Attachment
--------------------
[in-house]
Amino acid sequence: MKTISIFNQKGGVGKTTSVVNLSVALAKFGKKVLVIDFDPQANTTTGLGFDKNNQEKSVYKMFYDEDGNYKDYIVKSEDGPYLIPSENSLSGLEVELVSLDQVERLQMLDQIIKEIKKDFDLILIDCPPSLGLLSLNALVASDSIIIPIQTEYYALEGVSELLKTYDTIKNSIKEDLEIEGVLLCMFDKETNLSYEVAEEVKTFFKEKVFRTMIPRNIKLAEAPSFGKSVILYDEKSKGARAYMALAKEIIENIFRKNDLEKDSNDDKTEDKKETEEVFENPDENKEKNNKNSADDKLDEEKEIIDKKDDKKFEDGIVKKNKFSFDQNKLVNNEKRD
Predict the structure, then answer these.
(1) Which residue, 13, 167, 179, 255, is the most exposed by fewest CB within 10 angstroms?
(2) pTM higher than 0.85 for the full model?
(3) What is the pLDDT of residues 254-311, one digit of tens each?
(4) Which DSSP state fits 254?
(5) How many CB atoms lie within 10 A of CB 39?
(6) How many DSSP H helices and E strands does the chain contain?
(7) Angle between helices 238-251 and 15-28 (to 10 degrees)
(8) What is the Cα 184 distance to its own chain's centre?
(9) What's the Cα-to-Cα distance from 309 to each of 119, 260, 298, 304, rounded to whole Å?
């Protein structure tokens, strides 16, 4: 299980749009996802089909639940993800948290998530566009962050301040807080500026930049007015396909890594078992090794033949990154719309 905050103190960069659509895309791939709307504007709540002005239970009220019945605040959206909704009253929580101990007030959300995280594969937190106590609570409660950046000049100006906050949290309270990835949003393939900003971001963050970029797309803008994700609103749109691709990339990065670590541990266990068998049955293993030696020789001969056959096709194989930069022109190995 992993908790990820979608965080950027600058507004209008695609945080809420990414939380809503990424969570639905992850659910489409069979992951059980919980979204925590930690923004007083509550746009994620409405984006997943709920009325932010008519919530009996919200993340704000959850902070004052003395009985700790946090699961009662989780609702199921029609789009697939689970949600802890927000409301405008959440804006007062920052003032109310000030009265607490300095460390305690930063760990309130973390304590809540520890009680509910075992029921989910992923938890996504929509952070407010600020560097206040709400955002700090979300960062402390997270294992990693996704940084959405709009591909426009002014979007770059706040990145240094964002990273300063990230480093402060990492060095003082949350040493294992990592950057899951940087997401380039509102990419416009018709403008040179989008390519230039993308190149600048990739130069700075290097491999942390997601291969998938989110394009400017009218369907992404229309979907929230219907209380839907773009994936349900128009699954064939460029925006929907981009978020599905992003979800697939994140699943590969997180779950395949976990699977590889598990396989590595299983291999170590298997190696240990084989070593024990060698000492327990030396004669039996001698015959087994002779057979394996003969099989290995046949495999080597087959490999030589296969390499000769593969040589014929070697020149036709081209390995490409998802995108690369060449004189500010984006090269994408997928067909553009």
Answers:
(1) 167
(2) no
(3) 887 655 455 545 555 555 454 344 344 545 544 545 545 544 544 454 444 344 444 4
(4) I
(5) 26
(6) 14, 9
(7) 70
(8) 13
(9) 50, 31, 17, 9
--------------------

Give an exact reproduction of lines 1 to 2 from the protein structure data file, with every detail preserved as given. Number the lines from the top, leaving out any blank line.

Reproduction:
[in-house]
Amino acid sequence: MKTISIFNQKGGVGKTTSVVNLSVALAKFGKKVLVIDFDPQANTTTGLGFDKNNQEKSVYKMFYDEDGNYKDYIVKSEDGPYLIPSENSLSGLEVELVSLDQVERLQMLDQIIKEIKKDFDLILIDCPPSLGLLSLNALVASDSIIIPIQTEYYALEGVSELLKTYDTIKNSIKEDLEIEGVLLCMFDKETNLSYEVAEEVKTFFKEKVFRTMIPRNIKLAEAPSFGKSVILYDEKSKGARAYMALAKEIIENIFRKNDLEKDSNDDKTEDKKETEEVFENPDENKEKNNKNSADDKLDEEKEIIDKKDDKKFEDGIVKKNKFSFDQNKLVNNEKRD